The VRC PrePARE (Predictive Polyclonal Antibody Response Evaluation) program analyzes serologic samples from symptomatic, recovered, and vaccinated nonhuman primates and people to define detailed serum antibody responses to emerging pathogens. The program identifies variants that are generated under host immune selection pressure and facilitates prediction of vaccine efficacy against new virus variants. When combined with whole virus genome sequencing, investigators can define how pathogens evolve to escape immune responses, providing data needed to respond to new coronavirus variants and other emerging pathogens relevant for pandemic preparedness.
SARS-CoV-2 Assessment of Viral Evolution (SAVE) Program
The SARS-CoV-2 Interagency Group (SIG), established by the U.S. Department of Health and Human Services (HHS), works to rapidly characterize emerging variants and actively monitors their potential impact on SARS-CoV-2 vaccines, therapeutics and diagnostics. NIAID is a member of the SIG and supports research and surveillance activities to help inform decisions made by the SIG. NIAID created the SARS-CoV-2 Assessment of Viral Evolution (SAVE) to perform rapid and collaborative risk assessment of SARS-CoV-2 variant viruses. The NIAID SAVE program is composed of an international team of scientists with expertise in virology, immunology, vaccinology, structural biology, bioinformatics, viral genetics, and evolution. SAVE performs comprehensive real-time risk assessments of emerging mutations in SARS-CoV-2 to determine their impact on transmissibility, virulence, and susceptibility to infection- or vaccine-induced immunity. Read more about the NIAID SAVE program.
Centers for Research in Emerging Infectious Diseases (CREID)
In August 2020, NIAID established a global, multidisciplinary network called the Centers for Research in Emerging Infectious Diseases (CREID) to conduct investigations into how and where viruses and other pathogens emerge from wildlife and spillover to cause disease in people and to conduct timely outbreak research. Research projects include surveillance studies, developing reagents and diagnostic assays and studies aimed at detailing human immune responses to new or emerging infectious agents. The breadth of research projects in the CREID network will allow for study of disease spillover in multiple phases of the process: where pathogens first emerge from an animal host; at the borders between wild and more populated areas, where human-to-human transmission occurs; and, finally, in urban areas, where epidemic spread can occur. Read more about the Centers for Research in Emerging Infectious Diseases (CREID).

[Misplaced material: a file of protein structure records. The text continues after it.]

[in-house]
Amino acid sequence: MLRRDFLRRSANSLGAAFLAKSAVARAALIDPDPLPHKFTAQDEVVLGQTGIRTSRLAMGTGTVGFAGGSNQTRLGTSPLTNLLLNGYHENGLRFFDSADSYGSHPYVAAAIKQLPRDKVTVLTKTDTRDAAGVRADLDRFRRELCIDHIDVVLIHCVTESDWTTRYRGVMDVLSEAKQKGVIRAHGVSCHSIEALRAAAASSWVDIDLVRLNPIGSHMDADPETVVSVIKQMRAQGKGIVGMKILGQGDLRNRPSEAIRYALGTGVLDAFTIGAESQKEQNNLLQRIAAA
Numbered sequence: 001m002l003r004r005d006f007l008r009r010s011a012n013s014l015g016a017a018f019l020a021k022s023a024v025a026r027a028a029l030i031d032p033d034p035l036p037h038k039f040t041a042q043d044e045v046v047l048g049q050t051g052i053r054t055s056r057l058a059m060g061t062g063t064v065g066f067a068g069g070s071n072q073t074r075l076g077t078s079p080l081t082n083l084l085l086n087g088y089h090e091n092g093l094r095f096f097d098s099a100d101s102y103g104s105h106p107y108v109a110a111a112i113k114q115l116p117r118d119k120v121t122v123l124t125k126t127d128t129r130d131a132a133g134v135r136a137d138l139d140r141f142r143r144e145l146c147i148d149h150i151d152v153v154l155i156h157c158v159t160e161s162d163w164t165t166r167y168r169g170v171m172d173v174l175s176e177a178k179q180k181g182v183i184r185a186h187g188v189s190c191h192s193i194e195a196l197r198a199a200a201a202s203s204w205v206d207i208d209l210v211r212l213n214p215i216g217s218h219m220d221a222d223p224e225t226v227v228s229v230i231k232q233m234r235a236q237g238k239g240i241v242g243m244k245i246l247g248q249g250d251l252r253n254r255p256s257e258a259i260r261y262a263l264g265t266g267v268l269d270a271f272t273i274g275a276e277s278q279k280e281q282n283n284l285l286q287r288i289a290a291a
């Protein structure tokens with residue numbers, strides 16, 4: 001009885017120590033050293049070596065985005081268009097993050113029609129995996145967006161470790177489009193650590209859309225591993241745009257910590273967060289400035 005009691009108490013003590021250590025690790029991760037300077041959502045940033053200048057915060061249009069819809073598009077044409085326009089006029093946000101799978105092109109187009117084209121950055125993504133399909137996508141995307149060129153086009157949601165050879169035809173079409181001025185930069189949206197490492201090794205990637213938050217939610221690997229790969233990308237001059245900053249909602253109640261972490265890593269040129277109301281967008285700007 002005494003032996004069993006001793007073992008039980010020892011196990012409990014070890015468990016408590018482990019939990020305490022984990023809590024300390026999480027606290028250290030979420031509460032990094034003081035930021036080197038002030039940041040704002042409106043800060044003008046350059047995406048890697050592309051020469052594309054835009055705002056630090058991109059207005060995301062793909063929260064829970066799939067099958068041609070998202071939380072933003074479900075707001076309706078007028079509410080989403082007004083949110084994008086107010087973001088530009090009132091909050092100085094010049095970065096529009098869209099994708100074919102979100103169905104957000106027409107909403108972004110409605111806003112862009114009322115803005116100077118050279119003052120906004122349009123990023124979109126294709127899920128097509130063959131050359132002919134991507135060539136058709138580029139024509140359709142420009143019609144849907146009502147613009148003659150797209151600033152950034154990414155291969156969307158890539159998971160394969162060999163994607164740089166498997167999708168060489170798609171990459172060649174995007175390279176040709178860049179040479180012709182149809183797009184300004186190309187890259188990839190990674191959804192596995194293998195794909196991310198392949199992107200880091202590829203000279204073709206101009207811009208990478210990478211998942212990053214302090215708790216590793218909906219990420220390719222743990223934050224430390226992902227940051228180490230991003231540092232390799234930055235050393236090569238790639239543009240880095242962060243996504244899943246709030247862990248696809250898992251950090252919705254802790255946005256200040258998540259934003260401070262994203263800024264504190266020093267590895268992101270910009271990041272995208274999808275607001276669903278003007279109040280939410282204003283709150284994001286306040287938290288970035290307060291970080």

BEI Resources Repository
The BEI Resources Repository is a central repository that supplies organisms and reagents, including SARS-CoV-2 isolates and clinical specimens, to the broad community of microbiology and infectious diseases researchers. Read more about the BEI Resources Repository.
World Reference Center for Emerging Viruses and Arboviruses (WRCEVA)
The WRCEVA program maintains the Emerging Viruses and Arboviruses Reference Collection and provides reagents and support for investigations of virus outbreaks throughout the world. Read more about the WRCEVA.
Centers of Excellence for Influenza Research and Response (CEIRR)
CEIRR is a multidisciplinary and collaborative research network that studies the natural history, transmission, and pathogenesis of influenza. While the Centers are primarily focused on influenza, the network also studies SARS-CoV-2 and has led efforts to develop diagnostics as well as animal models for evaluating vaccines and therapeutics. The Centers have also conducted studies on the virulence, pathogenicity and transmission of SARS-CoV-2. Read more about the CEIRR network.
Collaborative Influenza Vaccine Innovation Centers (CIVICs)
The Collaborative Influenza Vaccine and Innovation Centers (CIVICs) is a NIAID-funded network of research centers working to develop more durable, broadly protective and longer-lasting influenza vaccines. CIVICs investigators also conduct research on SARS-CoV-2. Their efforts have included longitudinal studies on the duration of responses to COVID-19 vaccination and infection and the analysis of variants to support surveillance and pandemic response efforts. Read more about the CIVICs network.
Genomics, Bioinformatics, and Systems Biology Programs
NIAID’s Genomic Centers for Infectious Diseases, Bioinformatics and Systems Biology programs have provided critical information the virus’s spread and evolution, and the cellular signatures associated with severe or resolving COVID-19 disease. These programs have also supported the development of high-throughput laboratory and computational methods for processing large numbers of SARS-CoV-2 samples to model and predict the genomic epidemiology of the pandemic.
NIAID’s Structural Genomics Centers for Infectious Diseases have provided critical support for protein production, structure determination and functional characterization of SARS-CoV-2 proteins. The centers have made profound contributions to drug discovery, vaccine development and diagnostics yielding vital structural information to support global efforts to develop new technologies for monitoring and treating patients against SARS-CoV-2. Read more about the NIAID Structural Genomics Centers.